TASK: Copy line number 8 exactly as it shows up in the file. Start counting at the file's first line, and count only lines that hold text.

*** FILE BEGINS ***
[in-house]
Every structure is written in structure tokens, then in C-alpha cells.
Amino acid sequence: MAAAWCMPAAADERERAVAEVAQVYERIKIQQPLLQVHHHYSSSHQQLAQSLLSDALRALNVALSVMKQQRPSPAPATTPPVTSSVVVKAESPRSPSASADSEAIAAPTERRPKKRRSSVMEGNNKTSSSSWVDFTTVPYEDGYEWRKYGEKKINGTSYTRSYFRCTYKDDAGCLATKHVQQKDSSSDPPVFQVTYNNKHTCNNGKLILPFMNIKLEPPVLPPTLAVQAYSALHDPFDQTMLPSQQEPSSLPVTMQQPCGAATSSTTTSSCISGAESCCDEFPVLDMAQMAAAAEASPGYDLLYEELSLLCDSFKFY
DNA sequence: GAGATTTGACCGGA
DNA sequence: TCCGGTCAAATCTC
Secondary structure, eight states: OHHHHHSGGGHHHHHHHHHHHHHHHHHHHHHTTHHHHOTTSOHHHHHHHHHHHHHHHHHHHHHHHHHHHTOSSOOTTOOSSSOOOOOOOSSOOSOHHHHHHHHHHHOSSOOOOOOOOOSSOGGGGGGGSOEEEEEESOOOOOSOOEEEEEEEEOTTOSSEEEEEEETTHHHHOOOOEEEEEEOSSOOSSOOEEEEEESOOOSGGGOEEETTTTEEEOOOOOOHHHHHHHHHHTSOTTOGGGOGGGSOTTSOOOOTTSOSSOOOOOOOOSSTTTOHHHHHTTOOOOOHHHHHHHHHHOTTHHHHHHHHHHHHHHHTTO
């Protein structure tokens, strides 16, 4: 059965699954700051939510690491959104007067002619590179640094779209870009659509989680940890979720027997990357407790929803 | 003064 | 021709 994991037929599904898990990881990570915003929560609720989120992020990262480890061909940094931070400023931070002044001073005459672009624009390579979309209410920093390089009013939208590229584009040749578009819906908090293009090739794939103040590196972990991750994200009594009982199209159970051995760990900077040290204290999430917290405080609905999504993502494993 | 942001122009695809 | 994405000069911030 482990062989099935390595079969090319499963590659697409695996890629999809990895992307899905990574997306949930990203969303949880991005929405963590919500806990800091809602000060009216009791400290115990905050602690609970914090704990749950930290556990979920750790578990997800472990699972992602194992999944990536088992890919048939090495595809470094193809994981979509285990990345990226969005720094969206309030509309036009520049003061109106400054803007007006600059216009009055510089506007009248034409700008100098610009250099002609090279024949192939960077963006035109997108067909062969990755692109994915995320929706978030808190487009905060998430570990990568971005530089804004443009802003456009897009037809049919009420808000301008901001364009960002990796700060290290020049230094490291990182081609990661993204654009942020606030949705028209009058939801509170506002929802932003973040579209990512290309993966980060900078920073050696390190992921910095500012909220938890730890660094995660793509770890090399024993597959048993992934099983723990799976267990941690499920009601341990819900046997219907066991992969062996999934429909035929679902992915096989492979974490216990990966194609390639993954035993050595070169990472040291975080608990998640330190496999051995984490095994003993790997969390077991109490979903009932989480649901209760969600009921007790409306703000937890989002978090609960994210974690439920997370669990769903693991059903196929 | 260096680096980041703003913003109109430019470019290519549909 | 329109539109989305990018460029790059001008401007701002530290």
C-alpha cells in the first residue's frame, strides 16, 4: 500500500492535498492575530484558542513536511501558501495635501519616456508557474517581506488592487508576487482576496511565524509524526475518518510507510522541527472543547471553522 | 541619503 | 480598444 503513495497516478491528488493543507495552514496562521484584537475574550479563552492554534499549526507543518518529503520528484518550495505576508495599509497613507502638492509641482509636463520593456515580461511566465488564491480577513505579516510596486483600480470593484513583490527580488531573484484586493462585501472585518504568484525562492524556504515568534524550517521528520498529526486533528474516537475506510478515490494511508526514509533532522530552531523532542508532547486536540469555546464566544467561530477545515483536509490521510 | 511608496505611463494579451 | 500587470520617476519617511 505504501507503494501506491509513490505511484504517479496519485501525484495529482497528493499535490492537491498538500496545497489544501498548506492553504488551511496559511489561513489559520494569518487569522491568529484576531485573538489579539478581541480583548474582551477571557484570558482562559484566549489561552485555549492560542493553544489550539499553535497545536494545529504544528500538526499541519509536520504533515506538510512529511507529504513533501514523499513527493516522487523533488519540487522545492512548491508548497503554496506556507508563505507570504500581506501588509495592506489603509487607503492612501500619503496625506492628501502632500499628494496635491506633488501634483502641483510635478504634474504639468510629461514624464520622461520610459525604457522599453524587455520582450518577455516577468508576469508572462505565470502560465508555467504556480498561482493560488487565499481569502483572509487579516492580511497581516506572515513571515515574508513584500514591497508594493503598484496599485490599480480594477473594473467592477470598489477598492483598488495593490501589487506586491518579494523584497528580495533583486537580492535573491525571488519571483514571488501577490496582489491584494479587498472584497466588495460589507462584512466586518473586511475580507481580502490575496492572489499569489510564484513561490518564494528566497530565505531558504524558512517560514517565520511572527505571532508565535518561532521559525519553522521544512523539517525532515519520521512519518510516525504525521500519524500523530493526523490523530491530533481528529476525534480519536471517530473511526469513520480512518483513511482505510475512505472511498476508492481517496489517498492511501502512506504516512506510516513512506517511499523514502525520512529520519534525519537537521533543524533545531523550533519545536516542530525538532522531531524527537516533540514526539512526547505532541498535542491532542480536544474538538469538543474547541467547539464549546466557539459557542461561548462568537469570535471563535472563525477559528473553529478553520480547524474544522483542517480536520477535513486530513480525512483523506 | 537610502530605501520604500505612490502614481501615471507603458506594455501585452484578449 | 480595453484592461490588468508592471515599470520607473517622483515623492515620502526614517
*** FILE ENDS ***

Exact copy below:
C-alpha cells in the first residue's frame, strides 16, 4: 500500500492535498492575530484558542513536511501558501495635501519616456508557474517581506488592487508576487482576496511565524509524526475518518510507510522541527472543547471553522 | 541619503 | 480598444 503513495497516478491528488493543507495552514496562521484584537475574550479563552492554534499549526507543518518529503520528484518550495505576508495599509497613507502638492509641482509636463520593456515580461511566465488564491480577513505579516510596486483600480470593484513583490527580488531573484484586493462585501472585518504568484525562492524556504515568534524550517521528520498529526486533528474516537475506510478515490494511508526514509533532522530552531523532542508532547486536540469555546464566544467561530477545515483536509490521510 | 511608496505611463494579451 | 500587470520617476519617511 505504501507503494501506491509513490505511484504517479496519485501525484495529482497528493499535490492537491498538500496545497489544501498548506492553504488551511496559511489561513489559520494569518487569522491568529484576531485573538489579539478581541480583548474582551477571557484570558482562559484566549489561552485555549492560542493553544489550539499553535497545536494545529504544528500538526499541519509536520504533515506538510512529511507529504513533501514523499513527493516522487523533488519540487522545492512548491508548497503554496506556507508563505507570504500581506501588509495592506489603509487607503492612501500619503496625506492628501502632500499628494496635491506633488501634483502641483510635478504634474504639468510629461514624464520622461520610459525604457522599453524587455520582450518577455516577468508576469508572462505565470502560465508555467504556480498561482493560488487565499481569502483572509487579516492580511497581516506572515513571515515574508513584500514591497508594493503598484496599485490599480480594477473594473467592477470598489477598492483598488495593490501589487506586491518579494523584497528580495533583486537580492535573491525571488519571483514571488501577490496582489491584494479587498472584497466588495460589507462584512466586518473586511475580507481580502490575496492572489499569489510564484513561490518564494528566497530565505531558504524558512517560514517565520511572527505571532508565535518561532521559525519553522521544512523539517525532515519520521512519518510516525504525521500519524500523530493526523490523530491530533481528529476525534480519536471517530473511526469513520480512518483513511482505510475512505472511498476508492481517496489517498492511501502512506504516512506510516513512506517511499523514502525520512529520519534525519537537521533543524533545531523550533519545536516542530525538532522531531524527537516533540514526539512526547505532541498535542491532542480536544474538538469538543474547541467547539464549546466557539459557542461561548462568537469570535471563535472563525477559528473553529478553520480547524474544522483542517480536520477535513486530513480525512483523506 | 537610502530605501520604500505612490502614481501615471507603458506594455501585452484578449 | 480595453484592461490588468508592471515599470520607473517622483515623492515620502526614517